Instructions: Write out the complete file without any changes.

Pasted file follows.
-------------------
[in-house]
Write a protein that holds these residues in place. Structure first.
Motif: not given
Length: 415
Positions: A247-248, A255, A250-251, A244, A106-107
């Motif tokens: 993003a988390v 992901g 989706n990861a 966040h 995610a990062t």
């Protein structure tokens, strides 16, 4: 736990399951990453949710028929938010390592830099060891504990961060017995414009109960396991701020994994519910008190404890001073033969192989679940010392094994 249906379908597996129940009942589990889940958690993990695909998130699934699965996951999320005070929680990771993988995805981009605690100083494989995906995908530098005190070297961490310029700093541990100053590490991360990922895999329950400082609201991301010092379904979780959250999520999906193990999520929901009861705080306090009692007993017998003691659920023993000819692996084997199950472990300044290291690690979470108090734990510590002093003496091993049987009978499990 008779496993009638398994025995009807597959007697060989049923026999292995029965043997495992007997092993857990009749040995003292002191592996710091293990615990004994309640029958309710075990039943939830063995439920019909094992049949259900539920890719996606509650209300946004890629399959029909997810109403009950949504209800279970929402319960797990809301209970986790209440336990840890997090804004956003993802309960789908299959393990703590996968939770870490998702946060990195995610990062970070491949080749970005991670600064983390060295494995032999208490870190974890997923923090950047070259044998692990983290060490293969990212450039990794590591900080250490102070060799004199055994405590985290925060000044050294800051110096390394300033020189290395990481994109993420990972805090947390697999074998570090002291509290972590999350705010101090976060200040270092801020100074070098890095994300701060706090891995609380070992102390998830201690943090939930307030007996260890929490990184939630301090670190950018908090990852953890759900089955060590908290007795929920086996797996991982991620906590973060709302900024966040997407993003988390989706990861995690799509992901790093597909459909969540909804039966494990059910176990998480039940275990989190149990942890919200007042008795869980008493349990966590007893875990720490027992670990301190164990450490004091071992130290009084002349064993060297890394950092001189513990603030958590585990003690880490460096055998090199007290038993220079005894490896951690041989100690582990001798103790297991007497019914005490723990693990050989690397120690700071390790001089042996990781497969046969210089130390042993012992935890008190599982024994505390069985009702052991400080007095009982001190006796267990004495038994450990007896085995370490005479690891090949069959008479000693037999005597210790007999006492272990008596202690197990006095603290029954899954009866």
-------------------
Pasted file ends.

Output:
[in-house]
Write a protein that holds these residues in place. Structure first.
Motif: not given
Length: 415
Positions: A247-248, A255, A250-251, A244, A106-107
């Motif tokens: 993003a988390v 992901g 989706n990861a 966040h 995610a990062t």
């Protein structure tokens, strides 16, 4: 736990399951990453949710028929938010390592830099060891504990961060017995414009109960396991701020994994519910008190404890001073033969192989679940010392094994 249906379908597996129940009942589990889940958690993990695909998130699934699965996951999320005070929680990771993988995805981009605690100083494989995906995908530098005190070297961490310029700093541990100053590490991360990922895999329950400082609201991301010092379904979780959250999520999906193990999520929901009861705080306090009692007993017998003691659920023993000819692996084997199950472990300044290291690690979470108090734990510590002093003496091993049987009978499990 008779496993009638398994025995009807597959007697060989049923026999292995029965043997495992007997092993857990009749040995003292002191592996710091293990615990004994309640029958309710075990039943939830063995439920019909094992049949259900539920890719996606509650209300946004890629399959029909997810109403009950949504209800279970929402319960797990809301209970986790209440336990840890997090804004956003993802309960789908299959393990703590996968939770870490998702946060990195995610990062970070491949080749970005991670600064983390060295494995032999208490870190974890997923923090950047070259044998692990983290060490293969990212450039990794590591900080250490102070060799004199055994405590985290925060000044050294800051110096390394300033020189290395990481994109993420990972805090947390697999074998570090002291509290972590999350705010101090976060200040270092801020100074070098890095994300701060706090891995609380070992102390998830201690943090939930307030007996260890929490990184939630301090670190950018908090990852953890759900089955060590908290007795929920086996797996991982991620906590973060709302900024966040997407993003988390989706990861995690799509992901790093597909459909969540909804039966494990059910176990998480039940275990989190149990942890919200007042008795869980008493349990966590007893875990720490027992670990301190164990450490004091071992130290009084002349064993060297890394950092001189513990603030958590585990003690880490460096055998090199007290038993220079005894490896951690041989100690582990001798103790297991007497019914005490723990693990050989690397120690700071390790001089042996990781497969046969210089130390042993012992935890008190599982024994505390069985009702052991400080007095009982001190006796267990004495038994450990007896085995370490005479690891090949069959008479000693037999005597210790007999006492272990008596202690197990006095603290029954899954009866």